In articulating the national competitive strategy, there is no doubt that a major focus of the administration was expanding the export activity of Guyana. The pursuit of this objective would be reflected in the actions taken by the administration to create opportunities for success. That success would show up in the growth in export volume and in a rebalancing of the share of revenues earned by traditional and non-traditional exports. Where Guyana is today by the numbers would not convince many that the market diversification efforts could be regarded as successful. While volume data is currently unavailable to this writer, the value of non-traditional exports in total exports is not impressive. In 2006, non-traditional exports accounted for seven percent of export revenues. The share was the same in 2010. Much more alarming, though, is that the share of export revenues from non-traditional exports is no greater than it was in 2001, even though there has been aggressive spending on improving Guyana’s competitiveness since 2006.
To be fair, there has been some increase in exports of non-traditional products. A review of export statistics in the annual report of the Bank of Guyana indicates that Guyana has added one category of exports to its non-traditional list since 2006. In 2008, beverages started showing up in the export statistics of Guyana. This implies that the trade is significant enough to warrant mention in the official statistics on exports. However, the export trade in beverages still remains small relative to all others. In 2010, revenues from trade in beverages made up less than half of one percent of total export revenues.
The second positive development of the export diversification programme is the growth in revenues from the sale of non-traditional agricultural products, especially fruits and vegetables. Trade in these commodities brings in about US$3 million per year, growing from US$1 million in 2001 to US$ 5 million in 2010. The contribution of fruits and vegetables also represents less than half of one percent of total exports even though the trade brings in about six percent of the revenues of the non-traditional exports. Within the last three years, the revenues from the export of prepared foods also have grown phenomenally. In 2006, Guyana earned about US$6 million in revenues from this non-traditional export. By the end of last year, prepared foods were earning as much as US$17 million, a near 200 percent increase in revenues.
Other transactions that involve the sale of nibbi-furniture, wildlife and handicrafts have also shown significant growth. Revenues from these items have also gone from single digits in 2006 to double digits in 2010.
Incentives and Special Action
But the movement referred to above might not represent a likely sustainable trend, nor does it offer any assurance that the framework in which the export diversification effort is being pursued is one in which investors could place unconditional faith. The programme for expanding exports is based on a series of incentives and special actions that are provided through GO-INVEST, the New Guyana Marketing Corporation (GMC) and the Forestry Products Marketing Council (FPMC). These various initiatives have been in place for varying periods, but might not be producing the desired effect, causing the proportional revenue contribution to stagnate.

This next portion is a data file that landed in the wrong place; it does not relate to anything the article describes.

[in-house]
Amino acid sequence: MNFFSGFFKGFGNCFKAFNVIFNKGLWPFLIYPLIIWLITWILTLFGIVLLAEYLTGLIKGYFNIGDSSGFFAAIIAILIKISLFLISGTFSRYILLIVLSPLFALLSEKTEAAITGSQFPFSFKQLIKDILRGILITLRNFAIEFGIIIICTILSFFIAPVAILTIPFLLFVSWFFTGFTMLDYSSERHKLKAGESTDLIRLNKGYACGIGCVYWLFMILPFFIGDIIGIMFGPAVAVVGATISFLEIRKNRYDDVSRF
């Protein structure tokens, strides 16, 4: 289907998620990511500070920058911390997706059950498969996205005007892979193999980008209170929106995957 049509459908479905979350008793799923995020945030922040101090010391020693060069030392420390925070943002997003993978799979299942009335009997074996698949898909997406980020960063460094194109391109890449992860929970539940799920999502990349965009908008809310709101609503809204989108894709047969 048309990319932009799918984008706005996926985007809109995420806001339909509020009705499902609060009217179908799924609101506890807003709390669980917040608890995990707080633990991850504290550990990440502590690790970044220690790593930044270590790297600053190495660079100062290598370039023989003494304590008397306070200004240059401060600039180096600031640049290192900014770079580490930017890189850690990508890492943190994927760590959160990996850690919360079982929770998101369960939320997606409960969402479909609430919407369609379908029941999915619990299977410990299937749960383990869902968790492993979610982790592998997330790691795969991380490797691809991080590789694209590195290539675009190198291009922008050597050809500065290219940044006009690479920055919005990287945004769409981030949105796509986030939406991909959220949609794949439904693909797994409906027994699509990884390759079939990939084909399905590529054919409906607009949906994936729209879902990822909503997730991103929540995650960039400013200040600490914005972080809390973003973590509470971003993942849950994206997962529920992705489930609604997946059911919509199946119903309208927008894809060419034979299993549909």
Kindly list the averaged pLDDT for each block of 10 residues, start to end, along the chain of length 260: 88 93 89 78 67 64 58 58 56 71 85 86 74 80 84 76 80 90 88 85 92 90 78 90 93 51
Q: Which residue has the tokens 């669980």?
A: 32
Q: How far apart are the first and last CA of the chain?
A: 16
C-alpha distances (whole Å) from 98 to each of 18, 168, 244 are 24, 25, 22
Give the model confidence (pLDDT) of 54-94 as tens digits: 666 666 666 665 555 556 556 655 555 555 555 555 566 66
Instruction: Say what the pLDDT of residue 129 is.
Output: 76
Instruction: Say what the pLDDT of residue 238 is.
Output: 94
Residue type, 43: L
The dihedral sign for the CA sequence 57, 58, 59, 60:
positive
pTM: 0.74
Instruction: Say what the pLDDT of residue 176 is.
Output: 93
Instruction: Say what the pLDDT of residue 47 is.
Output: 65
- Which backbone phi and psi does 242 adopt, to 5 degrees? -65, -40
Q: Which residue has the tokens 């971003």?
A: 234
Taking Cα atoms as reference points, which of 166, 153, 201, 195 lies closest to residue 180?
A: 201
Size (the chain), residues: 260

GO-INVEST and GMC have been around for decades while the FPMC came into existence in 2005. A major input into the process is the Trade Point Guyana service, an online marketing tool that connects local suppliers with potential buyers, especially foreign buyers. Trade Point Guyana is connected to the World Trade Point Federation (WTPF), a trade promotion network of the United Nations. Guyana’s use of this facility started around 2009 and there is no public assessment of its impact on the trade in non-traditional commodities.
Despite these developments, identified constraints and weaknesses in the support mechanism for export diversification might still be around. Revenues from garments and clothing have fallen considerably. Pharmaceuticals have shown no growth and revenues from wood products are flat. The administration acknowledges that the three agencies above lack the operational capacity to make the export diversification programme work as well as it could. In addition, the supply chain management is still weak and creates problems for producers, particularly those in agriculture. Efforts to expand the trade have also encountered policies that undermine competition. For example, the administration admits that the export tax policy discriminates against some private sector operators. With no indication that the problems have been fixed, the administration also admits that some aspects of the export diversification policy are hurting implementation of the strategy.
Even as Guyanese await further information on the efficacy of the strategy, the stagnating share of revenues suggests that the many problems identified by the administration have not continue to affect production and sales adversely. Under such circumstances, non-traditional exports will continue to struggle for a prominent place in the Guyana economy.
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WEEK 2 JULY 2011